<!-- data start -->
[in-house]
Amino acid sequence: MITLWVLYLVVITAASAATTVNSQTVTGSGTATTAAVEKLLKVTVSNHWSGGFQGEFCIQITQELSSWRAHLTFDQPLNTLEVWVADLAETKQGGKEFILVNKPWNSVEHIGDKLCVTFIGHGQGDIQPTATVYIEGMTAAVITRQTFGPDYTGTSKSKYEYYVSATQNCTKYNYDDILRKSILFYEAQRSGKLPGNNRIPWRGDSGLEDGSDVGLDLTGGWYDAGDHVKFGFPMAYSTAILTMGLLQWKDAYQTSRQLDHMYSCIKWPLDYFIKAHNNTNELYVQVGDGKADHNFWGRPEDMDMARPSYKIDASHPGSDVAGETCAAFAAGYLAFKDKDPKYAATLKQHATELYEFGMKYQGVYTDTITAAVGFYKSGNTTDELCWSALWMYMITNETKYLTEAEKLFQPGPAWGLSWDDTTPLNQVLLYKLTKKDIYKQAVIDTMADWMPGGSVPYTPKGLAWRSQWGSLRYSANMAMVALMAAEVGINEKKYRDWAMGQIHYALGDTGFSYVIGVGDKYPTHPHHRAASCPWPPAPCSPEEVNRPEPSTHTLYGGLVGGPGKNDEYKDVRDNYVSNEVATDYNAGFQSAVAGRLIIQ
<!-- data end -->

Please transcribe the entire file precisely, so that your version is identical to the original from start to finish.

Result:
[in-house]
Amino acid sequence: MITLWVLYLVVITAASAATTVNSQTVTGSGTATTAAVEKLLKVTVSNHWSGGFQGEFCIQITQELSSWRAHLTFDQPLNTLEVWVADLAETKQGGKEFILVNKPWNSVEHIGDKLCVTFIGHGQGDIQPTATVYIEGMTAAVITRQTFGPDYTGTSKSKYEYYVSATQNCTKYNYDDILRKSILFYEAQRSGKLPGNNRIPWRGDSGLEDGSDVGLDLTGGWYDAGDHVKFGFPMAYSTAILTMGLLQWKDAYQTSRQLDHMYSCIKWPLDYFIKAHNNTNELYVQVGDGKADHNFWGRPEDMDMARPSYKIDASHPGSDVAGETCAAFAAGYLAFKDKDPKYAATLKQHATELYEFGMKYQGVYTDTITAAVGFYKSGNTTDELCWSALWMYMITNETKYLTEAEKLFQPGPAWGLSWDDTTPLNQVLLYKLTKKDIYKQAVIDTMADWMPGGSVPYTPKGLAWRSQWGSLRYSANMAMVALMAAEVGINEKKYRDWAMGQIHYALGDTGFSYVIGVGDKYPTHPHHRAASCPWPPAPCSPEEVNRPEPSTHTLYGGLVGGPGKNDEYKDVRDNYVSNEVATDYNAGFQSAVAGRLIIQ